In retrospect it's a real shame that Parajanov never got to shoot one of those Lenin films. The Lenin trilogy of Sergei Yutkevich, that other Soviet dandy, would surely have an unbeatable rival today if that had happened.
As Parajanov would often repeat: Communism is the power of the Soviets plus Parajanovication'!
Friday, 8 May 2015
Near a Saint Petersburg metro station Narvskaya appeared a piece of graffiti indication the complete ideological mess that is all too present inside the Russian collective unconscious. Andrei Chatsky's 'Lenin in a cassock' was intended to highlight this. As he stated:
there's no way of describing the contemporary condition of the collective unconscious in Russia. In the heads of the ordinary man there is a wild cocktail which includes illusions about the greatness of the Soviet past, the god chosen destiny of the Russians and the sacred nature of Orthodoxy.
And yet clashes and inconsistencies between these various conceptions don't seem to bother many people. Lenin in an Orthodox cassock seems, therefore, a sign of the times levelling out all past contradictions and building up some absurd concocted world where all the incompatibles will fit in with each other. The graffiti appeared nearby another one with a television box and the symbol of the First Channel stating 'April 1st for 365 days'.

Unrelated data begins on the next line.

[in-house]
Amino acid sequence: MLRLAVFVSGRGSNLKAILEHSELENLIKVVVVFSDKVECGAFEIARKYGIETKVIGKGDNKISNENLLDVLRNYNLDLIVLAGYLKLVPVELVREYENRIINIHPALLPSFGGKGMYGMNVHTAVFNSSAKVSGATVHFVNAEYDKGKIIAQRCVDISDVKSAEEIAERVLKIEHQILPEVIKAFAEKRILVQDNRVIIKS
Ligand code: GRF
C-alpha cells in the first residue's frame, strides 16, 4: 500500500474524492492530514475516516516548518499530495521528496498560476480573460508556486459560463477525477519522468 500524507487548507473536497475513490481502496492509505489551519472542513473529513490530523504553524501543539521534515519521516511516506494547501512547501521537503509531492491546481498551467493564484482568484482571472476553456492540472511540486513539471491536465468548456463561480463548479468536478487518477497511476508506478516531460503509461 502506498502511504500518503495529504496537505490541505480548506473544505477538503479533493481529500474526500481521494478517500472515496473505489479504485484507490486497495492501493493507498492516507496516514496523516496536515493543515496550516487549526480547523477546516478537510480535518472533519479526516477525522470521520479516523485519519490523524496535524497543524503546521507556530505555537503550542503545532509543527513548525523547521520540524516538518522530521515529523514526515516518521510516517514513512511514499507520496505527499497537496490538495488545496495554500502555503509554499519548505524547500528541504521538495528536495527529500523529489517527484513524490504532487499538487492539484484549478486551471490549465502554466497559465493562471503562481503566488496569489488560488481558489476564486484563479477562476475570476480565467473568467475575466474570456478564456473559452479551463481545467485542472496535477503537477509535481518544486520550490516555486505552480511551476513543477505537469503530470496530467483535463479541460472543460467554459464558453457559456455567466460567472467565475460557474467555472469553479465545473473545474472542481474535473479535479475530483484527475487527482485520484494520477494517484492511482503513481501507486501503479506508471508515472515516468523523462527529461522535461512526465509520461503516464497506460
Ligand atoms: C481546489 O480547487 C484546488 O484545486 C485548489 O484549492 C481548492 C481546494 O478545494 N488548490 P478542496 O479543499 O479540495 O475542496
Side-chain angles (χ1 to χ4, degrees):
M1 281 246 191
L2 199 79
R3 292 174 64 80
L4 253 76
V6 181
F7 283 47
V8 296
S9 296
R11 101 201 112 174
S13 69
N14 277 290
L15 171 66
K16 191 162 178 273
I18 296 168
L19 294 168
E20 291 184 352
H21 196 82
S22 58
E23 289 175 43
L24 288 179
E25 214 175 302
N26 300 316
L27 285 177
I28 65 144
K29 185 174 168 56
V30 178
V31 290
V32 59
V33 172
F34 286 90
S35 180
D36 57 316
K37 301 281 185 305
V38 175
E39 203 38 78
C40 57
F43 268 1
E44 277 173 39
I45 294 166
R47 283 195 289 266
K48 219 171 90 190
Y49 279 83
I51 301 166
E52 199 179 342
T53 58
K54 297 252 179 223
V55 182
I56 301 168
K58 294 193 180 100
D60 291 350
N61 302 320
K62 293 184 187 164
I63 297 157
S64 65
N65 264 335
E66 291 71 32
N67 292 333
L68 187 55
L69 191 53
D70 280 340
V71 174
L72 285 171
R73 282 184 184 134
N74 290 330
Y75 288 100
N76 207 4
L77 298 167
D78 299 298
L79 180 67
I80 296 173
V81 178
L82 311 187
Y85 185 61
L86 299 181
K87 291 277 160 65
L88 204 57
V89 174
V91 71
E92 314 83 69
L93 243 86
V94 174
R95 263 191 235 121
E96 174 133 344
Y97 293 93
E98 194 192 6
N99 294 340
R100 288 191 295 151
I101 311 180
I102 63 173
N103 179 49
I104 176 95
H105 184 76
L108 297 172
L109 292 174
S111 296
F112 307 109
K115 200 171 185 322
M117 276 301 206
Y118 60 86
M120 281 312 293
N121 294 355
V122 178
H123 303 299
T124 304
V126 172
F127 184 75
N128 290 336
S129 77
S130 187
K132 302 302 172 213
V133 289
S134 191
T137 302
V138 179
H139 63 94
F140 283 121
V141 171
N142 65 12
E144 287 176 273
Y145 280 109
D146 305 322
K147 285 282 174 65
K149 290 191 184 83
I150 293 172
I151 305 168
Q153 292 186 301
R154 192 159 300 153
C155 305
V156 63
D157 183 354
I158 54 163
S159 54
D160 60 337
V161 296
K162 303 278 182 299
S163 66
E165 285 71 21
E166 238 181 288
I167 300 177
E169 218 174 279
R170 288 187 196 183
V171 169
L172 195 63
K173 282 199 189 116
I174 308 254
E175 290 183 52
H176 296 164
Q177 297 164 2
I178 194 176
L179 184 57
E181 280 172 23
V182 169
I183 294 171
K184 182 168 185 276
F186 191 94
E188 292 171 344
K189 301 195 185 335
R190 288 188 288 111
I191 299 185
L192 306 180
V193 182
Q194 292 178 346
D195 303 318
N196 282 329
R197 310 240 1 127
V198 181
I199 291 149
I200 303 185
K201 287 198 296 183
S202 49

Thursday, 5 February 2015
I have not yet researched how many Lenin-themed rock bands there are but I'm pretty sure there are not a huge number of disco-trash bands named after Vladimir Ilyich. Here's one of them entitled Lenin was a zombie. They have 250 likes on their Facebook page but almost ten times as many followers on the vkontakte site (the Russian equivalent).
Here's a couple of images and links:
and the for those who want to hear what the group sounds like, here is a sampler:
Here's a couple of images and links:
|seems that this is the lead singer of 'Lenin was a zombie' Joe Nat.|